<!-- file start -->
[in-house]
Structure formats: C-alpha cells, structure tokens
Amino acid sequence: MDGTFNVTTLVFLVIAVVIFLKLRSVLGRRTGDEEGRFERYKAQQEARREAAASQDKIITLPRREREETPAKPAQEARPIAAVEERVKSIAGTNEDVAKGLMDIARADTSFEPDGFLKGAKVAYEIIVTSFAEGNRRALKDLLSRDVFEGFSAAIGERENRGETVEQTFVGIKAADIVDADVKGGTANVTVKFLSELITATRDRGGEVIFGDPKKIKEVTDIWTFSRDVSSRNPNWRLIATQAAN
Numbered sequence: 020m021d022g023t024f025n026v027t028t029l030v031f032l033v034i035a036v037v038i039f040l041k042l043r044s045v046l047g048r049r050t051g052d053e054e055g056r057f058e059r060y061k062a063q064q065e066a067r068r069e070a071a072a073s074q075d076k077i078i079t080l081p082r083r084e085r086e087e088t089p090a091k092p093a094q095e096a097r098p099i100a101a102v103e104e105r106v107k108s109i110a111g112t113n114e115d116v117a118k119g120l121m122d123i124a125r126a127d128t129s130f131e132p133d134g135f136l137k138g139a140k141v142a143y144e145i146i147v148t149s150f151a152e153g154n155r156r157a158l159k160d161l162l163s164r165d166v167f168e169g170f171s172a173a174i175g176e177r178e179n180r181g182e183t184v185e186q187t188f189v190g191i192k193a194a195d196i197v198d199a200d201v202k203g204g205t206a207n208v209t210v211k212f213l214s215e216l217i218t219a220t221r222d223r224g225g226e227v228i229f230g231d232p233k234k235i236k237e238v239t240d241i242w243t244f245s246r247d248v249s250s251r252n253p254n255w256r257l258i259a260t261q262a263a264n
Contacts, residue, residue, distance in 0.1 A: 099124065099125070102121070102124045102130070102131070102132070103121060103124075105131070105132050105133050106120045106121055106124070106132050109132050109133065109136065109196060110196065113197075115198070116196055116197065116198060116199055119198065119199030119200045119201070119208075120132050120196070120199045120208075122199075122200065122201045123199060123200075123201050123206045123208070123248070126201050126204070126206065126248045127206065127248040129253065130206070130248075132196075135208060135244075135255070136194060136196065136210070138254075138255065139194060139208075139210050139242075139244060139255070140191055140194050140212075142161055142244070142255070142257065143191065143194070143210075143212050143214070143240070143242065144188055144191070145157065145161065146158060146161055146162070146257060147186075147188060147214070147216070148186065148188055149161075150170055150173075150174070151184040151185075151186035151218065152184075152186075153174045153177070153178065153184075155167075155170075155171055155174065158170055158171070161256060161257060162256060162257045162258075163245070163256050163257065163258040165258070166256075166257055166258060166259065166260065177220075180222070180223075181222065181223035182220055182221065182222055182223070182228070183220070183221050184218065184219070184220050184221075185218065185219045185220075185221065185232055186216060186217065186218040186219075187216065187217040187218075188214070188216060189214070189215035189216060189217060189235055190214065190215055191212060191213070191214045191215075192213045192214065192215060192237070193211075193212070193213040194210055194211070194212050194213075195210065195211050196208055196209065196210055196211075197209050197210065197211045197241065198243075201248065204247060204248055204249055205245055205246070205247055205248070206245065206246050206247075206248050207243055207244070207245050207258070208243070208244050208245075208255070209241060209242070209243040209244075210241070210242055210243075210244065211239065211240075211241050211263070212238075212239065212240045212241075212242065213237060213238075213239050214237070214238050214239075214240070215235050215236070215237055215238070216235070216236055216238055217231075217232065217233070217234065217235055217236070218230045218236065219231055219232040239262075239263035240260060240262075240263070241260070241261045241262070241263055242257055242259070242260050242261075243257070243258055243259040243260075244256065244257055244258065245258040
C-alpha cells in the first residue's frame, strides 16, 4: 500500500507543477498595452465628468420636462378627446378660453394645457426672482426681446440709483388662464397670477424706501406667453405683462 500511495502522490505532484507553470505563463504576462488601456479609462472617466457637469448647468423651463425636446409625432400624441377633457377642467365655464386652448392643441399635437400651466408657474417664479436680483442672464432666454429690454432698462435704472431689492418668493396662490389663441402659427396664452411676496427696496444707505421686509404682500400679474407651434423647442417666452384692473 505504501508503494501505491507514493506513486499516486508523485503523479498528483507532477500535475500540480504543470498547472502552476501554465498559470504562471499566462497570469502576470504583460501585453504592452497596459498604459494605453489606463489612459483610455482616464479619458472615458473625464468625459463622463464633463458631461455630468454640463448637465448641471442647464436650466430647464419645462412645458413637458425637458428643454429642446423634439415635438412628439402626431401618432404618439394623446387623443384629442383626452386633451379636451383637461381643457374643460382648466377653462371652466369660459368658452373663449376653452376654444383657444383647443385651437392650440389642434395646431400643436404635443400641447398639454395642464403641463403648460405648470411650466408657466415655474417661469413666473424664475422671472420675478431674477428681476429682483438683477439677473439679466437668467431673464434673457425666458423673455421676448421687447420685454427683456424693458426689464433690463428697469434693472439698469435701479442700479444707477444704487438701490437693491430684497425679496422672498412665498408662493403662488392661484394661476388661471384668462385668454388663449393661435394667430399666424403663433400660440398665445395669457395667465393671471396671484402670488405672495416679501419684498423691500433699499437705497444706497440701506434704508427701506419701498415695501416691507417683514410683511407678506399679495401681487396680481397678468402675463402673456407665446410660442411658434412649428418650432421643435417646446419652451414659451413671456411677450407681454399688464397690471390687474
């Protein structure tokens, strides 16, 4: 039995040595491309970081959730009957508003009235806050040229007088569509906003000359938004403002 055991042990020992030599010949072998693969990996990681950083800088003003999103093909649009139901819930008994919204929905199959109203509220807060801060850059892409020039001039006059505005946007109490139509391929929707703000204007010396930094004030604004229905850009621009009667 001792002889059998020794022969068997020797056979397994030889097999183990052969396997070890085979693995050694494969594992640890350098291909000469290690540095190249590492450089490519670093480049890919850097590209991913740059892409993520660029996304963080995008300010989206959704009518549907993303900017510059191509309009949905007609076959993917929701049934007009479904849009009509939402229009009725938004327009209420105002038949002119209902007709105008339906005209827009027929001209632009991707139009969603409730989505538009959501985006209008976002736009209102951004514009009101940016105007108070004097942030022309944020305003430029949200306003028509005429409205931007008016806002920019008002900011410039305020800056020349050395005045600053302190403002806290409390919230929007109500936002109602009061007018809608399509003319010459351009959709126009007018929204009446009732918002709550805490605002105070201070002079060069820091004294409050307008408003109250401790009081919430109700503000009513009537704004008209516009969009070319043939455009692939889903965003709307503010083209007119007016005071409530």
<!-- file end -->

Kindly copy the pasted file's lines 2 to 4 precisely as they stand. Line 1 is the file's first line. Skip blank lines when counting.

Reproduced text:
Structure formats: C-alpha cells, structure tokens
Amino acid sequence: MDGTFNVTTLVFLVIAVVIFLKLRSVLGRRTGDEEGRFERYKAQQEARREAAASQDKIITLPRREREETPAKPAQEARPIAAVEERVKSIAGTNEDVAKGLMDIARADTSFEPDGFLKGAKVAYEIIVTSFAEGNRRALKDLLSRDVFEGFSAAIGERENRGETVEQTFVGIKAADIVDADVKGGTANVTVKFLSELITATRDRGGEVIFGDPKKIKEVTDIWTFSRDVSSRNPNWRLIATQAAN
Numbered sequence: 020m021d022g023t024f025n026v027t028t029l030v031f032l033v034i035a036v037v038i039f040l041k042l043r044s045v046l047g048r049r050t051g052d053e054e055g056r057f058e059r060y061k062a063q064q065e066a067r068r069e070a071a072a073s074q075d076k077i078i079t080l081p082r083r084e085r086e087e088t089p090a091k092p093a094q095e096a097r098p099i100a101a102v103e104e105r106v107k108s109i110a111g112t113n114e115d116v117a118k119g120l121m122d123i124a125r126a127d128t129s130f131e132p133d134g135f136l137k138g139a140k141v142a143y144e145i146i147v148t149s150f151a152e153g154n155r156r157a158l159k160d161l162l163s164r165d166v167f168e169g170f171s172a173a174i175g176e177r178e179n180r181g182e183t184v185e186q187t188f189v190g191i192k193a194a195d196i197v198d199a200d201v202k203g204g205t206a207n208v209t210v211k212f213l214s215e216l217i218t219a220t221r222d223r224g225g226e227v228i229f230g231d232p233k234k235i236k237e238v239t240d241i242w243t244f245s246r247d248v249s250s251r252n253p254n255w256r257l258i259a260t261q262a263a264n